The earliest personality types were based on the ancient medical theory of the four humors, which posited that humans are filled with four different fluids: black bile, yellow bile, phlegm and blood. According to humorism, imbalances in these fluids caused diseases and other health problems.
Humorism tied physical, mental and emotional aspects together. So a person who had an excess of one type of humor would have a corresponding behavior and personality type. Ancient Greek physician Hippocrates refined the concept of the four humors into the theory of the four temperaments: melancholic, choleric, phlegmatic and sanguine. This concept remained popular until the 19th century, when the four humors theory was discredited by more accurate medical knowledge. The theory lives on in the English language, though — for instance, the word melancholy is derived from the Greek words for "black bile," the humor associated with depression.
Many modern personality classifications are derived from the theories of Carl Jung, who published the book "Psychological Types" in 1921 in German and 1923 in English. Jung created four categories of personality function: sensation, intuition, thinking and feeling. Each function was modified by a person's tendency to be extraverted (focused on and drawing energy from outside objects and people) or introverted (focused on their own thoughts and solitude). But Jung's personality type theories were based on his own ideas and interpretations of contemporary psychological theories, not on any empirical studies or research.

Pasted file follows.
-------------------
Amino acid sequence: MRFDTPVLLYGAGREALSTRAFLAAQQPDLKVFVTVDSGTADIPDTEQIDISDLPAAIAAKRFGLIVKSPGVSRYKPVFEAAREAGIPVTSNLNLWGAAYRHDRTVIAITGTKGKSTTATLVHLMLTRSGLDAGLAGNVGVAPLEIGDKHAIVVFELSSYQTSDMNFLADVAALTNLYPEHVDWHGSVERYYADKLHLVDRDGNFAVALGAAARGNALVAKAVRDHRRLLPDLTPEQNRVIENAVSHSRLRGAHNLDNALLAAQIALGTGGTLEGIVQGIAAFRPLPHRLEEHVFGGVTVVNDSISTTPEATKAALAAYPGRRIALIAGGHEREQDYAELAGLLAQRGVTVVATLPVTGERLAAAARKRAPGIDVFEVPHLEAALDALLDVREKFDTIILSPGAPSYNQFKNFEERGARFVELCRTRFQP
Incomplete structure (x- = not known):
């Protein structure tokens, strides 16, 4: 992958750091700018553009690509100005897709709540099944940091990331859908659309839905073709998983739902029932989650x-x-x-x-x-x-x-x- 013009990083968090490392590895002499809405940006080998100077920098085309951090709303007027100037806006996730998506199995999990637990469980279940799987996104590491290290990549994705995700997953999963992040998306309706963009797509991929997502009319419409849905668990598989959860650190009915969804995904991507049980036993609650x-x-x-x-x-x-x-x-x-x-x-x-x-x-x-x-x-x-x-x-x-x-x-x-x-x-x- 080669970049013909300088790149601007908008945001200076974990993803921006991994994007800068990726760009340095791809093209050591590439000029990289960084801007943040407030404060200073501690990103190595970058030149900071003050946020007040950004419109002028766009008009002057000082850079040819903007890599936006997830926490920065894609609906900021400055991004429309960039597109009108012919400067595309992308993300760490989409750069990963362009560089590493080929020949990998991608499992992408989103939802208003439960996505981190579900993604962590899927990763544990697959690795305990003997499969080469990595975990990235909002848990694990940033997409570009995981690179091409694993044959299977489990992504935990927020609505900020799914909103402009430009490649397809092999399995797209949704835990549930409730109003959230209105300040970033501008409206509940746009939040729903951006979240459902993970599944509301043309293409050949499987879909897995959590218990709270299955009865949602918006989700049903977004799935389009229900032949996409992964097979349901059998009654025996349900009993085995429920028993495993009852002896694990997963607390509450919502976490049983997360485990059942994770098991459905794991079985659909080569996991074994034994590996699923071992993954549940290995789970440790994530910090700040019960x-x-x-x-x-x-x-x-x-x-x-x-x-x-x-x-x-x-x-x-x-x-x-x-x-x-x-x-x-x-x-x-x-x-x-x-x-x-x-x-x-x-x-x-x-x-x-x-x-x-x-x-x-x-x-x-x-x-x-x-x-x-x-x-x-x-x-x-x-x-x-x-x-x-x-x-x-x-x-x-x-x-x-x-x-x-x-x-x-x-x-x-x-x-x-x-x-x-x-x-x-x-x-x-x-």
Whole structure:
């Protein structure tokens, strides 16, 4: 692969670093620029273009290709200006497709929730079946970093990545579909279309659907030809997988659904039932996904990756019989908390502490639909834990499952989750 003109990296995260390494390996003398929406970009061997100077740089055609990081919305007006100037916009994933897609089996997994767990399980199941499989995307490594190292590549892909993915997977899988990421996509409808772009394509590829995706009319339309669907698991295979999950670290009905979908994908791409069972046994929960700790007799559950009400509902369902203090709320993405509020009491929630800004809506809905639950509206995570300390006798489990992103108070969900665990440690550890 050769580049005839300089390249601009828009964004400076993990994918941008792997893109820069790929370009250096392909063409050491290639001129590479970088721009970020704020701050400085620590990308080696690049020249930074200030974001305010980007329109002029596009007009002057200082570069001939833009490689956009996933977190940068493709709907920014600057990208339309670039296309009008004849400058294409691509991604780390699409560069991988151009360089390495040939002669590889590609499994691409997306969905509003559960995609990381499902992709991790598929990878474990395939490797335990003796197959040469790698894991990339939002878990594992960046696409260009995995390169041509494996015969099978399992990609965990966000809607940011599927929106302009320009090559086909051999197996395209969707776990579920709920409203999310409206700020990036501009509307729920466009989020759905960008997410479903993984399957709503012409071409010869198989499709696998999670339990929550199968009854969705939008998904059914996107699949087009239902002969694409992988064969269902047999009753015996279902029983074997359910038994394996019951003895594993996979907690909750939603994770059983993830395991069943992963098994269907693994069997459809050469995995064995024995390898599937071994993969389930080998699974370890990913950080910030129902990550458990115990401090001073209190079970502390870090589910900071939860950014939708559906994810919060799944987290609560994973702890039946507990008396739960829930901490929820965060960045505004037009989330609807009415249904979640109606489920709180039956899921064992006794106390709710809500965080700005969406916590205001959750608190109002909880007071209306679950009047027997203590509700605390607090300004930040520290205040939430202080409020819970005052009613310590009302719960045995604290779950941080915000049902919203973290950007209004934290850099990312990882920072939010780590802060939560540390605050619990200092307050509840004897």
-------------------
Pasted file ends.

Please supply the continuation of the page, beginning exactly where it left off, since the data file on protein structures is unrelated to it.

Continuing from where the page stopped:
Teacher and aspiring fiction writer Katharine Cook Briggs had already been working on her own system of personality classification when she read Jung's book, and, as the corporate legend has it, threw her work into the fireplace and started over. She built on Jung's ideas, refined the categories and developed ways to determine which categories people fit best [source: Segovia]. She also stripped away certain aspects of his theory, like his concepts of the unconscious. Briggs worked on her personality theories with her daughter, Isabel Briggs Myers, for decades, writing out questions and categories on index cards [source: Cunningham]. Women's sudden entrance into the workplace during World War II pushed Myers and Briggs to figure out how to use personality type to determine what jobs women might do best or prefer. The test the mother-daughter duo developed eventually became the Myers-Briggs Type Indicator.